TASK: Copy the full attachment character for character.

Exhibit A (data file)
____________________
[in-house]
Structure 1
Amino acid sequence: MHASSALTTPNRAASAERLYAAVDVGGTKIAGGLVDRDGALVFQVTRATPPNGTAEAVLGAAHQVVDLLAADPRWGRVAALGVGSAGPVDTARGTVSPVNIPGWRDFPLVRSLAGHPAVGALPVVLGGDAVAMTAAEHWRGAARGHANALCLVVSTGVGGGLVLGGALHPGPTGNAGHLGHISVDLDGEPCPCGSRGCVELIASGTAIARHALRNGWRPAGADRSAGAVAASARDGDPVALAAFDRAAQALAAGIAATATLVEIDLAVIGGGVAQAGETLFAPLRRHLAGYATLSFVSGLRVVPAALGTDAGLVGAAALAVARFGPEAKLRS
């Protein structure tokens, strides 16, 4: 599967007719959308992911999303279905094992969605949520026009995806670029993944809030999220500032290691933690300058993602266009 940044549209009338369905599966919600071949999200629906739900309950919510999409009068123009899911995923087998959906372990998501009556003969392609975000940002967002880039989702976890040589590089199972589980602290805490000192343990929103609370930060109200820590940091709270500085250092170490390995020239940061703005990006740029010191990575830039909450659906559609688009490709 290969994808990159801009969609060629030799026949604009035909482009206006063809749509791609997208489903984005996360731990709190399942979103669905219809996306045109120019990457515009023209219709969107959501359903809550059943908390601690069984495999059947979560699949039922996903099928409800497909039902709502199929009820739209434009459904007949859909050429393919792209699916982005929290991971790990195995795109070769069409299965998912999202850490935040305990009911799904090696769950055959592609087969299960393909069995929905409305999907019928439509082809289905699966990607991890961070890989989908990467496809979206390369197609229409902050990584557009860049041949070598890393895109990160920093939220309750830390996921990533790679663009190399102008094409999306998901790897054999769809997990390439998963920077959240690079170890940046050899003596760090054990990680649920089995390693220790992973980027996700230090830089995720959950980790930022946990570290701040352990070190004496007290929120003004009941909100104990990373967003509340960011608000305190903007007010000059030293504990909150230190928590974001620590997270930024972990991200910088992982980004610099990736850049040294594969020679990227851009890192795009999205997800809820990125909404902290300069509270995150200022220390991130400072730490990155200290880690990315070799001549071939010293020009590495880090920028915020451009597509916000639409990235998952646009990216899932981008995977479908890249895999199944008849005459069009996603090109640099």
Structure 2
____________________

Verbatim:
[in-house]
Structure 1
Amino acid sequence: MHASSALTTPNRAASAERLYAAVDVGGTKIAGGLVDRDGALVFQVTRATPPNGTAEAVLGAAHQVVDLLAADPRWGRVAALGVGSAGPVDTARGTVSPVNIPGWRDFPLVRSLAGHPAVGALPVVLGGDAVAMTAAEHWRGAARGHANALCLVVSTGVGGGLVLGGALHPGPTGNAGHLGHISVDLDGEPCPCGSRGCVELIASGTAIARHALRNGWRPAGADRSAGAVAASARDGDPVALAAFDRAAQALAAGIAATATLVEIDLAVIGGGVAQAGETLFAPLRRHLAGYATLSFVSGLRVVPAALGTDAGLVGAAALAVARFGPEAKLRS
């Protein structure tokens, strides 16, 4: 599967007719959308992911999303279905094992969605949520026009995806670029993944809030999220500032290691933690300058993602266009 940044549209009338369905599966919600071949999200629906739900309950919510999409009068123009899911995923087998959906372990998501009556003969392609975000940002967002880039989702976890040589590089199972589980602290805490000192343990929103609370930060109200820590940091709270500085250092170490390995020239940061703005990006740029010191990575830039909450659906559609688009490709 290969994808990159801009969609060629030799026949604009035909482009206006063809749509791609997208489903984005996360731990709190399942979103669905219809996306045109120019990457515009023209219709969107959501359903809550059943908390601690069984495999059947979560699949039922996903099928409800497909039902709502199929009820739209434009459904007949859909050429393919792209699916982005929290991971790990195995795109070769069409299965998912999202850490935040305990009911799904090696769950055959592609087969299960393909069995929905409305999907019928439509082809289905699966990607991890961070890989989908990467496809979206390369197609229409902050990584557009860049041949070598890393895109990160920093939220309750830390996921990533790679663009190399102008094409999306998901790897054999769809997990390439998963920077959240690079170890940046050899003596760090054990990680649920089995390693220790992973980027996700230090830089995720959950980790930022946990570290701040352990070190004496007290929120003004009941909100104990990373967003509340960011608000305190903007007010000059030293504990909150230190928590974001620590997270930024972990991200910088992982980004610099990736850049040294594969020679990227851009890192795009999205997800809820990125909404902290300069509270995150200022220390991130400072730490990155200290880690990315070799001549071939010293020009590495880090920028915020451009597509916000639409990235998952646009990216899932981008995977479908890249895999199944008849005459069009996603090109640099």
Structure 2